Tantrums, queues for the bathroom and running out of milk makes breakfast time the most stressful time of the day for parents.
A study of 1000 parents and their children was commissioned by Lyle’s Golden Syrup to encourage Brits to enjoy #LylesGoldenTime – 15 minutes connecting with loved ones over a good breakfast, setting everyone up in mind and body for the day ahead.
Conducted by OnePoll, the results of the study reveal that two-thirds of people feel there are never enough minutes in the day and wish they had the time to sit and talk together over the first meal.
Getting themselves (and the kids) out of bed on time, helping little ones brush their teeth, and making sure everyone eats well, topped the list of culprits behind morning stress.
In a typical working week families will eat together an average of just two out of five days and will finish their meals in under 10 minutes.
It was revealed that 15% never eat the first meal of the day together, whilst a third admit to feeling ‘swamped’ by ensuring everyone has breakfast and three in ten say they spend the majority of the morning preparing lunch for the family.
Sara Metcalfe, group product manager at Lyle’s Golden Syrup, said: “Monday to Friday means the weekly grind, and that starts in the morning.
“Breakfast is traditionally deemed the most important meal of the day, but a never-ending list of things to do can see us chasing our tails before we’ve even left the house.
“With kids running amuck, getting everyone to sit down and eat together can be hugely challenging. But taking those extra 15 minutes can make a world of difference.”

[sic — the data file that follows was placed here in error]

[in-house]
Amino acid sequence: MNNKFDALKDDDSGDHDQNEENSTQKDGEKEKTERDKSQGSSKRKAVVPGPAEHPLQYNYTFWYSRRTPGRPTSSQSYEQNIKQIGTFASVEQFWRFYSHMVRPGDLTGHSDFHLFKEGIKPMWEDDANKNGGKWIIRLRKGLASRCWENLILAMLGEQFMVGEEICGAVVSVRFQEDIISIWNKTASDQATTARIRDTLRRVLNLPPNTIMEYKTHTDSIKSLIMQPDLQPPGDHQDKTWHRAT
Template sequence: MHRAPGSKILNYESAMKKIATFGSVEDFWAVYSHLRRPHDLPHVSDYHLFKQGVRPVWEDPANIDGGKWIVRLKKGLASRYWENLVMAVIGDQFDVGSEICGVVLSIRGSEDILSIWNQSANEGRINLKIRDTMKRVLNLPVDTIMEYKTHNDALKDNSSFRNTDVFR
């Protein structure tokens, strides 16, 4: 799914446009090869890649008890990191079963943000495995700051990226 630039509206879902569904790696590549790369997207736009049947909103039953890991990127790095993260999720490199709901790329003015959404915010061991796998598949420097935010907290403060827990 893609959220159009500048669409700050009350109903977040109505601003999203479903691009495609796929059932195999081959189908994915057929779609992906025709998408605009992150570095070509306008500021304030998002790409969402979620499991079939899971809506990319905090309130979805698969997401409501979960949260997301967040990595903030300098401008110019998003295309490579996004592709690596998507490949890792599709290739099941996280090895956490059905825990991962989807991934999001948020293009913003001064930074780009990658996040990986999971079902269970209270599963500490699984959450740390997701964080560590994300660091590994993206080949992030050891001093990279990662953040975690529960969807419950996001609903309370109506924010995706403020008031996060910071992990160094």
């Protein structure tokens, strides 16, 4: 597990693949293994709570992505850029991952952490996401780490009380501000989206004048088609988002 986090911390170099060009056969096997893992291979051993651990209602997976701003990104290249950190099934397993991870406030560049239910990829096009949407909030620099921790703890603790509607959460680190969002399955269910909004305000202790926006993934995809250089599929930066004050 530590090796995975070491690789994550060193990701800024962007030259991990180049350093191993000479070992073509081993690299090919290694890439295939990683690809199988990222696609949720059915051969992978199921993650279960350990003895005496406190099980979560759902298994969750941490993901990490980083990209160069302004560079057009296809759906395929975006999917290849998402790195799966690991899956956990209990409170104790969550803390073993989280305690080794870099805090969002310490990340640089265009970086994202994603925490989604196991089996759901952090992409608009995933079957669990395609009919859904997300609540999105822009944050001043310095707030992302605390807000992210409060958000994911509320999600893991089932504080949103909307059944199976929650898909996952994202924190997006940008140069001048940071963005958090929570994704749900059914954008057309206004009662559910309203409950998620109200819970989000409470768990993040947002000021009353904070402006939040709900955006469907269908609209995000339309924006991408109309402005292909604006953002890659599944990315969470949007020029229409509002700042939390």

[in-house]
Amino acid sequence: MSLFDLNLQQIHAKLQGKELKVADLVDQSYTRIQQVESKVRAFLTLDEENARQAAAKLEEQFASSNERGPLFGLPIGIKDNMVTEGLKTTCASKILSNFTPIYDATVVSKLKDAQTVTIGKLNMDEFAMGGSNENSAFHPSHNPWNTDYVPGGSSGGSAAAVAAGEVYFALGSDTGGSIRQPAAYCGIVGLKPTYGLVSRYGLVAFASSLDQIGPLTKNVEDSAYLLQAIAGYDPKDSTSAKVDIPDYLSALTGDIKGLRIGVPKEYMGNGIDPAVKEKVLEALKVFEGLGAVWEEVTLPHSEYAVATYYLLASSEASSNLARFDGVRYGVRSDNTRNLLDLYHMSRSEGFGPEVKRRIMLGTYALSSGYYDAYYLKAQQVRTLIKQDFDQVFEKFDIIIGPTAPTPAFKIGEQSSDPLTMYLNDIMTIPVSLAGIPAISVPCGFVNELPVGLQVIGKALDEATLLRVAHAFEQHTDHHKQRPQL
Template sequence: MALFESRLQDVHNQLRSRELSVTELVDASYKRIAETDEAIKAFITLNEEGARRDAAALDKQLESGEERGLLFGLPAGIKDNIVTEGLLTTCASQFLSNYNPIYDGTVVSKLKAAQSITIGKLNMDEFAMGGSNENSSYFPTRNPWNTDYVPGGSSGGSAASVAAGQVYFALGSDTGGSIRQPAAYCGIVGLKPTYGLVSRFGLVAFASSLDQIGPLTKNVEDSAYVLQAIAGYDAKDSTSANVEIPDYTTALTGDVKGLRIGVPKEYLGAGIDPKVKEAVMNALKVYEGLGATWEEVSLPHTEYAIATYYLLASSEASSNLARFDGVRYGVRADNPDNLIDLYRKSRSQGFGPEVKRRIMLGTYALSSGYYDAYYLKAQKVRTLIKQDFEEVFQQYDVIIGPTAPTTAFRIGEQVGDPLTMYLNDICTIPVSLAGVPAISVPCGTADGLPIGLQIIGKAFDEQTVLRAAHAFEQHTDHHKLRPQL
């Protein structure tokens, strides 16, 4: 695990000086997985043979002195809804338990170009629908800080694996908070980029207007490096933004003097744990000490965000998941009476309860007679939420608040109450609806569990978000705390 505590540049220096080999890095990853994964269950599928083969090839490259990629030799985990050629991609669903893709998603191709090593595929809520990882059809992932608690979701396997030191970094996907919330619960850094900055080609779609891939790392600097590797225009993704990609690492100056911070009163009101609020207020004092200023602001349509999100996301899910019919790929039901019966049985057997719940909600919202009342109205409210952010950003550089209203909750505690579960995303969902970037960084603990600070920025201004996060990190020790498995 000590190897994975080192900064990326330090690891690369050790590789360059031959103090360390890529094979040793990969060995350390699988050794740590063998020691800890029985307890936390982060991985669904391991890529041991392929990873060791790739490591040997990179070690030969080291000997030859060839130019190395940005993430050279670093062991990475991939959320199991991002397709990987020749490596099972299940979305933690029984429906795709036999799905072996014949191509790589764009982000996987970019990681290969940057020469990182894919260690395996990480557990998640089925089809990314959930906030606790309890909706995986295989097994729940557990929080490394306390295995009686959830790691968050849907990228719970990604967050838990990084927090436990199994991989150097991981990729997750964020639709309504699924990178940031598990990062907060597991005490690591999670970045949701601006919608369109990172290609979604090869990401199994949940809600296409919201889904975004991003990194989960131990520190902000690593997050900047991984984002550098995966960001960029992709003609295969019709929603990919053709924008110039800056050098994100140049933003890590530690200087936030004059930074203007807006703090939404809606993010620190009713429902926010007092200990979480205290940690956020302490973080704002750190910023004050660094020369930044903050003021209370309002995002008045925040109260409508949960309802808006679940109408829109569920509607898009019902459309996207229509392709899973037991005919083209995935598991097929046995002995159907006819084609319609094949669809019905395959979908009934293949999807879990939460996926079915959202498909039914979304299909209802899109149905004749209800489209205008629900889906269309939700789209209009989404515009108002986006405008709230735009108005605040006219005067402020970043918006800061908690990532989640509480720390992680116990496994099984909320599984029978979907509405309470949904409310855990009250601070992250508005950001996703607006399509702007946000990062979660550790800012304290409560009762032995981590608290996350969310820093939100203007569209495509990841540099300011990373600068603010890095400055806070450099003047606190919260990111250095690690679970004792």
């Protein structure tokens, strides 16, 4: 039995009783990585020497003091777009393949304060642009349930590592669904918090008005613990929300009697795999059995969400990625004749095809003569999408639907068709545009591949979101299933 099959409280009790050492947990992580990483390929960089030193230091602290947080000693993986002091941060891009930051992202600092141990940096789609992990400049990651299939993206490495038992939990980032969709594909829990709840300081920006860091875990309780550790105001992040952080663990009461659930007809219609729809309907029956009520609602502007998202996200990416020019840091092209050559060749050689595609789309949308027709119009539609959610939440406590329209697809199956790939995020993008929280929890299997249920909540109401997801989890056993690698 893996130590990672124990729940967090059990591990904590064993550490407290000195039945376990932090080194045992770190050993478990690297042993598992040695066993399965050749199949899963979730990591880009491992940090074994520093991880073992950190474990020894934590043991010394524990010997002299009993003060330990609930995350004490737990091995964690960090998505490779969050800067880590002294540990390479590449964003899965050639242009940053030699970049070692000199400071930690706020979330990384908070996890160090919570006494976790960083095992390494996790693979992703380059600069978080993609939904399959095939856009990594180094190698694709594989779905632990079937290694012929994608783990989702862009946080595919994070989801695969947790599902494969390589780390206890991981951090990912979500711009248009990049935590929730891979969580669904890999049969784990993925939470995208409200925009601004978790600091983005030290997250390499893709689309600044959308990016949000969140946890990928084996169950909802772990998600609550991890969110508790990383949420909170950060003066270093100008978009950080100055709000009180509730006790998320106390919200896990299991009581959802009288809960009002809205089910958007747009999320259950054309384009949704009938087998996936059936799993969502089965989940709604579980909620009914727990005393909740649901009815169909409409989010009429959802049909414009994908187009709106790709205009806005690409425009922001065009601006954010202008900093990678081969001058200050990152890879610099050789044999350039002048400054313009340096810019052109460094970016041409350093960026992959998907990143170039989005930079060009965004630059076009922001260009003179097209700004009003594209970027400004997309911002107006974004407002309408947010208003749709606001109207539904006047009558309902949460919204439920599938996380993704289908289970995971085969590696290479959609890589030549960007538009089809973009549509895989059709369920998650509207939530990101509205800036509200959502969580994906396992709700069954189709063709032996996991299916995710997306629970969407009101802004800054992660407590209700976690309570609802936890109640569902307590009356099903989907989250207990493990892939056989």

I spoke to primary school special educational needs teacher Yasmin, who runs a breakfast club in the mornings, to garner her views on the state of modern breakfast time.
She said: “The children often arrive at school late, without breakfast and upset when separating from families.
“Breakfast time is a daily routine. The children enjoy ordering the breakfast, toast or cereal, laying the table and coming together like a family.
“No one starts until everyone has sat down. It is a calm relaxed atmosphere with time to talk and share ideas.
“The children always feel more ready to face the rest of the day after breakfast.
“It is a crucial nurturing activity, which provides valuable time to connect with each other.”
As many as eight in ten children surveyed agreed that breakfast is important, with more than one in ten feeling that skipping the family meal can make school mornings more stressful.
It also emerged that 62% of adults are grabbing breakfast on their commutes, rather than making time to eat, with the average adult skipping the meal entirely about twice a week.
Childminder Chandy, who provides breakfast for the children she looks after, said: “Sometimes parents struggle to give children breakfast.
“I offer toast, cooked breakfast, porridge and cereal. This helps calm the children down and with the combination of a tooth brushing activity, helps revitalise them for the day.”
A third of parents also said they gave their child something to eat ‘on the go’, so they don’t start the day on an empty stomach.
Ash, a working mum of two primary school aged children, said: “There is often no time for breakfast. We try to have breakfast, but between getting the three of us ready, doing their hair and sorting out the dog, I often have to give them a brioche as we’re walking out the front door.
“As I recently started working full time again, if we wake up a little late, breakfast is impossible.”
Angela, mother of two teenage girls, said: “Breakfast time was not a problem when they were in primary school, I would sit the children down and be able to manage it.
“But since going to secondary school they have become more independent, often not wanting any breakfast or not having enough time to fit it into their routines.
“Trying to endure a breakfast routine with teenagers is too difficult – however we do have our evening meal together.”